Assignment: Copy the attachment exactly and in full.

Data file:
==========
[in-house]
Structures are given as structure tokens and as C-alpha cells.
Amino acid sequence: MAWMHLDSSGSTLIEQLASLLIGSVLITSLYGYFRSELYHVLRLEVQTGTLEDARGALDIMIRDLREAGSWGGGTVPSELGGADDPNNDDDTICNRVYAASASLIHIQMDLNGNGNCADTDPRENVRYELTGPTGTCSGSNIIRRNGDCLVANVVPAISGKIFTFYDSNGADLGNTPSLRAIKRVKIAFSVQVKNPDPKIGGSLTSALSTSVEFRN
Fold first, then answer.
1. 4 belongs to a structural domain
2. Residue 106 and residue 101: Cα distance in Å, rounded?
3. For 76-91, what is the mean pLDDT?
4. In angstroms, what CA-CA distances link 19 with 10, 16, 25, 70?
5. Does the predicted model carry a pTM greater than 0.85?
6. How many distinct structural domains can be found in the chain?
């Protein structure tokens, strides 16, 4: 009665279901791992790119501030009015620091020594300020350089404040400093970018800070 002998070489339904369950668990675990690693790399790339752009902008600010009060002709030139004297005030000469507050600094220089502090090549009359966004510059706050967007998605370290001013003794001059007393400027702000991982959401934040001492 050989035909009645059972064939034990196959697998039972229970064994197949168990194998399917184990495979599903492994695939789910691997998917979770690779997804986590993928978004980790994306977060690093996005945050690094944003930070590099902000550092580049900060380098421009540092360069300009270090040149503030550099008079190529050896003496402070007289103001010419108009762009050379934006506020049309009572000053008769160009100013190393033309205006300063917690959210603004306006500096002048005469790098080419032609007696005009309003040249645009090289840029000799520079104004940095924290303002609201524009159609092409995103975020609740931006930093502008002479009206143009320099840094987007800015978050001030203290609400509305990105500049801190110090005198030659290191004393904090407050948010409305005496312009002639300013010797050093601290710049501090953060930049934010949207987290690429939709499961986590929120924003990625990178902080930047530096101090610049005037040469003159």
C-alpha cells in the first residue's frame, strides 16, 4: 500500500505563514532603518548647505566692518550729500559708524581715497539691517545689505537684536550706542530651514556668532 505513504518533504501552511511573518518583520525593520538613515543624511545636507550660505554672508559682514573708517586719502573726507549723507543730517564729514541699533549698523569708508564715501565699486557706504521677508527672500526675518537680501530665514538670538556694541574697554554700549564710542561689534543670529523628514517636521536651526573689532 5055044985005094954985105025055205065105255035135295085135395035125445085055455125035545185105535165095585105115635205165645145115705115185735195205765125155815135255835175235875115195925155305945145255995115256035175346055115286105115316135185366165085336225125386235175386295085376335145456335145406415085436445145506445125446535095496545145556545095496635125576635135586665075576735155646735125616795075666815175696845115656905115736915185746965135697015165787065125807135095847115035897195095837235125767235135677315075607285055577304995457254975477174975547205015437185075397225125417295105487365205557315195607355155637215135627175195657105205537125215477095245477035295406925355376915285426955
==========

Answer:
[in-house]
Structures are given as structure tokens and as C-alpha cells.
Amino acid sequence: MAWMHLDSSGSTLIEQLASLLIGSVLITSLYGYFRSELYHVLRLEVQTGTLEDARGALDIMIRDLREAGSWGGGTVPSELGGADDPNNDDDTICNRVYAASASLIHIQMDLNGNGNCADTDPRENVRYELTGPTGTCSGSNIIRRNGDCLVANVVPAISGKIFTFYDSNGADLGNTPSLRAIKRVKIAFSVQVKNPDPKIGGSLTSALSTSVEFRN
Fold first, then answer.
1. 4 belongs to a structural domain
2. Residue 106 and residue 101: Cα distance in Å, rounded?
3. For 76-91, what is the mean pLDDT?
4. In angstroms, what CA-CA distances link 19 with 10, 16, 25, 70?
5. Does the predicted model carry a pTM greater than 0.85?
6. How many distinct structural domains can be found in the chain?
């Protein structure tokens, strides 16, 4: 009665279901791992790119501030009015620091020594300020350089404040400093970018800070 002998070489339904369950668990675990690693790399790339752009902008600010009060002709030139004297005030000469507050600094220089502090090549009359966004510059706050967007998605370290001013003794001059007393400027702000991982959401934040001492 050989035909009645059972064939034990196959697998039972229970064994197949168990194998399917184990495979599903492994695939789910691997998917979770690779997804986590993928978004980790994306977060690093996005945050690094944003930070590099902000550092580049900060380098421009540092360069300009270090040149503030550099008079190529050896003496402070007289103001010419108009762009050379934006506020049309009572000053008769160009100013190393033309205006300063917690959210603004306006500096002048005469790098080419032609007696005009309003040249645009090289840029000799520079104004940095924290303002609201524009159609092409995103975020609740931006930093502008002479009206143009320099840094987007800015978050001030203290609400509305990105500049801190110090005198030659290191004393904090407050948010409305005496312009002639300013010797050093601290710049501090953060930049934010949207987290690429939709499961986590929120924003990625990178902080930047530096101090610049005037040469003159």
C-alpha cells in the first residue's frame, strides 16, 4: 500500500505563514532603518548647505566692518550729500559708524581715497539691517545689505537684536550706542530651514556668532 505513504518533504501552511511573518518583520525593520538613515543624511545636507550660505554672508559682514573708517586719502573726507549723507543730517564729514541699533549698523569708508564715501565699486557706504521677508527672500526675518537680501530665514538670538556694541574697554554700549564710542561689534543670529523628514517636521536651526573689532 5055044985005094954985105025055205065105255035135295085135395035125445085055455125035545185105535165095585105115635205165645145115705115185735195205765125155815135255835175235875115195925155305945145255995115256035175346055115286105115316135185366165085336225125386235175386295085376335145456335145406415085436445145506445125446535095496545145556545095496635125576635135586665075576735155646735125616795075666815175696845115656905115736915185746965135697015165787065125807135095847115035897195095837235125767235135677315075607285055577304995457254975477174975547205015437185075397225125417295105487365205557315195607355155637215135627175195657105205537125215477095245477035295406925355376915285426955